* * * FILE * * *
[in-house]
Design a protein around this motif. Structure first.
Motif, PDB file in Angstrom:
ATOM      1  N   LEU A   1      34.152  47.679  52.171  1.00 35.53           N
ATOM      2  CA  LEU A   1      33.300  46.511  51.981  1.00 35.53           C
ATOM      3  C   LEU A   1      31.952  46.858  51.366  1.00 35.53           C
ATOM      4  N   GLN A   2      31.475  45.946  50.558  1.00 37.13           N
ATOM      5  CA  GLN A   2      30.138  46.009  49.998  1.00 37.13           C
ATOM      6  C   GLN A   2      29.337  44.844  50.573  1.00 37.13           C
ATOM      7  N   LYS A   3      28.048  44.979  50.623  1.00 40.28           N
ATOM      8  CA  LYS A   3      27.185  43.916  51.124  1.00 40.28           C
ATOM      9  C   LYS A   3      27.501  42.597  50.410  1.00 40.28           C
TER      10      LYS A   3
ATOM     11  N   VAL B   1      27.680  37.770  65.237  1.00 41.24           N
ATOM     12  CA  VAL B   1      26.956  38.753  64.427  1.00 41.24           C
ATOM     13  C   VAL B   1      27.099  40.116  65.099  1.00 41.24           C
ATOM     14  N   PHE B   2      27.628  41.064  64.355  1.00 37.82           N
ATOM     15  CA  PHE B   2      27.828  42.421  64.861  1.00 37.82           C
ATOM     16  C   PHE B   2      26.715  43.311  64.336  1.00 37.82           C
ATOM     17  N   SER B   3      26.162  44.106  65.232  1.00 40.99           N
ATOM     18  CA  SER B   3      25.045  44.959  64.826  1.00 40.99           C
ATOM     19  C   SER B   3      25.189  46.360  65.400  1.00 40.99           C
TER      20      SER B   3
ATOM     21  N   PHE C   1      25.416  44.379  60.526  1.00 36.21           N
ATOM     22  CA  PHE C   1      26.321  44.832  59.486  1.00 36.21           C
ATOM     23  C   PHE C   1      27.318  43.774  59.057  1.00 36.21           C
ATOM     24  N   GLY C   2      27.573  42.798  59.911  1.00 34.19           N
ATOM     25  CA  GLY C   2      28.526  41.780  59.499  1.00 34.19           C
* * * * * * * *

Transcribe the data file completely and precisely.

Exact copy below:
[in-house]
Design a protein around this motif. Structure first.
Motif, PDB file in Angstrom:
ATOM      1  N   LEU A   1      34.152  47.679  52.171  1.00 35.53           N
ATOM      2  CA  LEU A   1      33.300  46.511  51.981  1.00 35.53           C
ATOM      3  C   LEU A   1      31.952  46.858  51.366  1.00 35.53           C
ATOM      4  N   GLN A   2      31.475  45.946  50.558  1.00 37.13           N
ATOM      5  CA  GLN A   2      30.138  46.009  49.998  1.00 37.13           C
ATOM      6  C   GLN A   2      29.337  44.844  50.573  1.00 37.13           C
ATOM      7  N   LYS A   3      28.048  44.979  50.623  1.00 40.28           N
ATOM      8  CA  LYS A   3      27.185  43.916  51.124  1.00 40.28           C
ATOM      9  C   LYS A   3      27.501  42.597  50.410  1.00 40.28           C
TER      10      LYS A   3
ATOM     11  N   VAL B   1      27.680  37.770  65.237  1.00 41.24           N
ATOM     12  CA  VAL B   1      26.956  38.753  64.427  1.00 41.24           C
ATOM     13  C   VAL B   1      27.099  40.116  65.099  1.00 41.24           C
ATOM     14  N   PHE B   2      27.628  41.064  64.355  1.00 37.82           N
ATOM     15  CA  PHE B   2      27.828  42.421  64.861  1.00 37.82           C
ATOM     16  C   PHE B   2      26.715  43.311  64.336  1.00 37.82           C
ATOM     17  N   SER B   3      26.162  44.106  65.232  1.00 40.99           N
ATOM     18  CA  SER B   3      25.045  44.959  64.826  1.00 40.99           C
ATOM     19  C   SER B   3      25.189  46.360  65.400  1.00 40.99           C
TER      20      SER B   3
ATOM     21  N   PHE C   1      25.416  44.379  60.526  1.00 36.21           N
ATOM     22  CA  PHE C   1      26.321  44.832  59.486  1.00 36.21           C
ATOM     23  C   PHE C   1      27.318  43.774  59.057  1.00 36.21           C
ATOM     24  N   GLY C   2      27.573  42.798  59.911  1.00 34.19           N
ATOM     25  CA  GLY C   2      28.526  41.780  59.499  1.00 34.19           C